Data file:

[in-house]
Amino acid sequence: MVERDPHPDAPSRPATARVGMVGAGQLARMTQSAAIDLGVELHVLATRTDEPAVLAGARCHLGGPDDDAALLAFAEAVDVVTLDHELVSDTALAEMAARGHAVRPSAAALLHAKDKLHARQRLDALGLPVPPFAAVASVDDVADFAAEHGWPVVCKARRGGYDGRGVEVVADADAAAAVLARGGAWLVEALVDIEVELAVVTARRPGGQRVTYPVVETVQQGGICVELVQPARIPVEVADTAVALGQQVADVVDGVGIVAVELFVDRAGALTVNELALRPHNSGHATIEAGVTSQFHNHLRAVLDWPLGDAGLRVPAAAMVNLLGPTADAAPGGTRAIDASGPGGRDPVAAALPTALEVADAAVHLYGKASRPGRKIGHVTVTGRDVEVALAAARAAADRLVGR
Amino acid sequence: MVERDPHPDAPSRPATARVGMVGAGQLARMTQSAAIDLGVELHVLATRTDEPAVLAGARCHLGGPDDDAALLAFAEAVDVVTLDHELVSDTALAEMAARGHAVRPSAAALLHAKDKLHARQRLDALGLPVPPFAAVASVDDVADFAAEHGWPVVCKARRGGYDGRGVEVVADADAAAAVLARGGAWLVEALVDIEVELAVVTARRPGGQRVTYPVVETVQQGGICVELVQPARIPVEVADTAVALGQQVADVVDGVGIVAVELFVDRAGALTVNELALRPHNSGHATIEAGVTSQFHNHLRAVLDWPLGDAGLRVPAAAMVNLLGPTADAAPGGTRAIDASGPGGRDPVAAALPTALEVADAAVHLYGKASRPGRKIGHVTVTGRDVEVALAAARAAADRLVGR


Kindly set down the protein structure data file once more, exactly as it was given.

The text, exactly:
[in-house]
Amino acid sequence: MVERDPHPDAPSRPATARVGMVGAGQLARMTQSAAIDLGVELHVLATRTDEPAVLAGARCHLGGPDDDAALLAFAEAVDVVTLDHELVSDTALAEMAARGHAVRPSAAALLHAKDKLHARQRLDALGLPVPPFAAVASVDDVADFAAEHGWPVVCKARRGGYDGRGVEVVADADAAAAVLARGGAWLVEALVDIEVELAVVTARRPGGQRVTYPVVETVQQGGICVELVQPARIPVEVADTAVALGQQVADVVDGVGIVAVELFVDRAGALTVNELALRPHNSGHATIEAGVTSQFHNHLRAVLDWPLGDAGLRVPAAAMVNLLGPTADAAPGGTRAIDASGPGGRDPVAAALPTALEVADAAVHLYGKASRPGRKIGHVTVTGRDVEVALAAARAAADRLVGR
Amino acid sequence: MVERDPHPDAPSRPATARVGMVGAGQLARMTQSAAIDLGVELHVLATRTDEPAVLAGARCHLGGPDDDAALLAFAEAVDVVTLDHELVSDTALAEMAARGHAVRPSAAALLHAKDKLHARQRLDALGLPVPPFAAVASVDDVADFAAEHGWPVVCKARRGGYDGRGVEVVADADAAAAVLARGGAWLVEALVDIEVELAVVTARRPGGQRVTYPVVETVQQGGICVELVQPARIPVEVADTAVALGQQVADVVDGVGIVAVELFVDRAGALTVNELALRPHNSGHATIEAGVTSQFHNHLRAVLDWPLGDAGLRVPAAAMVNLLGPTADAAPGGTRAIDASGPGGRDPVAAALPTALEVADAAVHLYGKASRPGRKIGHVTVTGRDVEVALAAARAAADRLVGR